Tate Sensorium: New exhibition at Tate Britain invites art lovers to taste, smell and hear art

Tate Sensorium

New exhibition at Tate Britain invites art lovers to taste, smell and hear art
Ashes 2015: Nice guy Steven Finn is making up for lost time – and quickly

Nice guy Finn is making up for lost time – and quickly

He was man-of-the-match in the third Test following his recall to the England side
Ashes 2015: Remember Ashton Agar? The No 11 that nearly toppled England

Remember Ashton Agar?

The No 11 that nearly toppled England
Turkey-Kurdish conflict: Obama's deal with Ankara is a betrayal of Syrian Kurds and may not even weaken Isis

US betrayal of old ally brings limited reward

Since the accord, the Turks have only waged war on Kurds while no US bomber has used Incirlik airbase, says Patrick Cockburn
VIPs gather for opening of second Suez Canal - but doubts linger over security

'A gift from Egypt to the rest of the world'

VIPs gather for opening of second Suez Canal - but is it really needed?
Jeremy Corbyn dresses abysmally. That's a great thing because it's genuine

Jeremy Corbyn dresses abysmally. That's a great thing because it's genuine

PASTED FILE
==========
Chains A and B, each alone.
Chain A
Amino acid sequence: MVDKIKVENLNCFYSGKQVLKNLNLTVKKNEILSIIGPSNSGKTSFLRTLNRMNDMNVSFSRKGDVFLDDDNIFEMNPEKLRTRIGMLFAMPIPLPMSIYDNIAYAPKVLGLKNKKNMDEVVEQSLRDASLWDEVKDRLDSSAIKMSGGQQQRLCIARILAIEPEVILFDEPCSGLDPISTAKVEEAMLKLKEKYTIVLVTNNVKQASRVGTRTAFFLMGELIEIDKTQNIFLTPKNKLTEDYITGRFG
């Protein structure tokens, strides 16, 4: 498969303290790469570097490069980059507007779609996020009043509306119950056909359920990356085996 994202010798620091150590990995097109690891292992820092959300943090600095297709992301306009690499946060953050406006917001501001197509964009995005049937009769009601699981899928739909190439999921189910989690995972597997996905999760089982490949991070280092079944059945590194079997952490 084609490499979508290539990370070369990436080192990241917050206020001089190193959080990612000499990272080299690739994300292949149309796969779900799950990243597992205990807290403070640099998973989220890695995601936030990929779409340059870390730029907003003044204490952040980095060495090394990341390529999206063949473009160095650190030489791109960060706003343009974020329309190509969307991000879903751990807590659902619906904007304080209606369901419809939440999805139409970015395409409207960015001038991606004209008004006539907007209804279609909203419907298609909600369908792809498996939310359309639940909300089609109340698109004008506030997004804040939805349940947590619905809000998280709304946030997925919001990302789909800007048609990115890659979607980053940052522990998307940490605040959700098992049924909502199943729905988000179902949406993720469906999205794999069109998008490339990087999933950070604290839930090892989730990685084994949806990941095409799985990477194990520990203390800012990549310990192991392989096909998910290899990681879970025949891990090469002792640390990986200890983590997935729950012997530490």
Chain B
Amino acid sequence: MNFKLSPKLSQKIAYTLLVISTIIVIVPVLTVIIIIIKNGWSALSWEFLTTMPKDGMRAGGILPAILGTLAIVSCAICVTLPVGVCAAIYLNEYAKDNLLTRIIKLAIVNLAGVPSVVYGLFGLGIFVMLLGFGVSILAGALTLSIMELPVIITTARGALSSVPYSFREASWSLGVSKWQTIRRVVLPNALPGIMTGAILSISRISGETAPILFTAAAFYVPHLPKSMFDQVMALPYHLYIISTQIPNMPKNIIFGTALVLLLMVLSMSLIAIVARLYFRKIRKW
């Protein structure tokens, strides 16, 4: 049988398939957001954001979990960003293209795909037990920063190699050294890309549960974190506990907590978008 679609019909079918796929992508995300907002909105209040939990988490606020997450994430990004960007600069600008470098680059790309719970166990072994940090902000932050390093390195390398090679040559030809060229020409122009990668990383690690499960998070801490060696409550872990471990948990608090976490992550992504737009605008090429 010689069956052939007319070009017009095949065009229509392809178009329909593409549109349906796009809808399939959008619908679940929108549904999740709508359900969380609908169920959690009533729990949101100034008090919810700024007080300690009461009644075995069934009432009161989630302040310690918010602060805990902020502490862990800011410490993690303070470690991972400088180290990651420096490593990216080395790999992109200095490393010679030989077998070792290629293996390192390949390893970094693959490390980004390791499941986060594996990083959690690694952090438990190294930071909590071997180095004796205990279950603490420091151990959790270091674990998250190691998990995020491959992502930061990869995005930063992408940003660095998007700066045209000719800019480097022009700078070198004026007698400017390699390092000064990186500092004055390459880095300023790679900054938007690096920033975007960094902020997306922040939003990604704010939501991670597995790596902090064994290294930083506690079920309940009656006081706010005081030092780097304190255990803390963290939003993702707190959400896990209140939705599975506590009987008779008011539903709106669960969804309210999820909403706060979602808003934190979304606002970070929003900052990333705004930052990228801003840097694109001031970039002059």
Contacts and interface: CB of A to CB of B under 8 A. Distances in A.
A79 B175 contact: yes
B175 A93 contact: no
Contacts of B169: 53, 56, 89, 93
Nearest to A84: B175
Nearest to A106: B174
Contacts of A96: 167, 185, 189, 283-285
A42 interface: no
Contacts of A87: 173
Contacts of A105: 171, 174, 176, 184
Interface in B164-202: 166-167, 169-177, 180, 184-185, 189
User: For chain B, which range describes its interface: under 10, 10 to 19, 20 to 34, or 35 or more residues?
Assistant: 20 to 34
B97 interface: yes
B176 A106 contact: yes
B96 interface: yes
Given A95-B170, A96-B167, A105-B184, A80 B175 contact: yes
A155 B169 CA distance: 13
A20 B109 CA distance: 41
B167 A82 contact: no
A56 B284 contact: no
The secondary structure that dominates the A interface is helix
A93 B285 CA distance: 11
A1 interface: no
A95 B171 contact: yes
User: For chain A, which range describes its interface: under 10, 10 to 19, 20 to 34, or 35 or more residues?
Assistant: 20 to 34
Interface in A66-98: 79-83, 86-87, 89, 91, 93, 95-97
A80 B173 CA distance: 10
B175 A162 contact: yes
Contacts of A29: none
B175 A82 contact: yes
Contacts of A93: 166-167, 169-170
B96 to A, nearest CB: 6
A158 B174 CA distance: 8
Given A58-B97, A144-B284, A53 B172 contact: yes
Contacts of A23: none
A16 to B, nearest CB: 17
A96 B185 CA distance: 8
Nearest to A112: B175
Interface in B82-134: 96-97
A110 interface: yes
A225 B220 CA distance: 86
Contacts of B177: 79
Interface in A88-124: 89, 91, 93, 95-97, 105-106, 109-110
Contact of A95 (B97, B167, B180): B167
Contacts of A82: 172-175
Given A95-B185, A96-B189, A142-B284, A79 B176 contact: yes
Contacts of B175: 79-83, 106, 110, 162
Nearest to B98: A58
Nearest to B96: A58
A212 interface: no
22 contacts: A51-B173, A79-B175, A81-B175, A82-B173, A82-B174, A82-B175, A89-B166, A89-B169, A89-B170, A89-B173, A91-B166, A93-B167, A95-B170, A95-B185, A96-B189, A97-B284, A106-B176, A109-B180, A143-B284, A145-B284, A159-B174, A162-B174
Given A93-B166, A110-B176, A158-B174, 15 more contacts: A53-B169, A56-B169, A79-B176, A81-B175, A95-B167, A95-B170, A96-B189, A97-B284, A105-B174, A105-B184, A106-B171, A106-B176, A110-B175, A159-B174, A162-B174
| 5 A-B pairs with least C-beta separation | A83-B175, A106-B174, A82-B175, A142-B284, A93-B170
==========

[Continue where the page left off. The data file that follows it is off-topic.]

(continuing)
Fashion editor, Alexander Fury, applauds a man who clearly has more important things on his mind
The male menopause and intimations of mortality

Aches, pains and an inkling of mortality

So the male menopause is real, they say, but what would the Victorians, 'old' at 30, think of that, asks DJ Taylor
Man Booker Prize 2015: Anna Smaill - How can I possibly be on the list with these writers I have idolised?

'How can I possibly be on the list with these writers I have idolised?'

Man Booker Prize nominee Anna Smaill on the rise of Kiwi lit
Bettany Hughes interview: The historian on how Socrates would have solved Greece's problems

Bettany Hughes interview

The historian on how Socrates would have solved Greece's problems
Art of the state: Pyongyang propaganda posters to be exhibited in China

Art of the state

Pyongyang propaganda posters to be exhibited in China
Mildreds and Vanilla Black have given vegetarian food a makeover in new cookbooks

Vegetarian food gets a makeover

Long-time vegetarian Holly Williams tries to recreate some of the inventive recipes in Mildreds and Vanilla Black's new cookbooks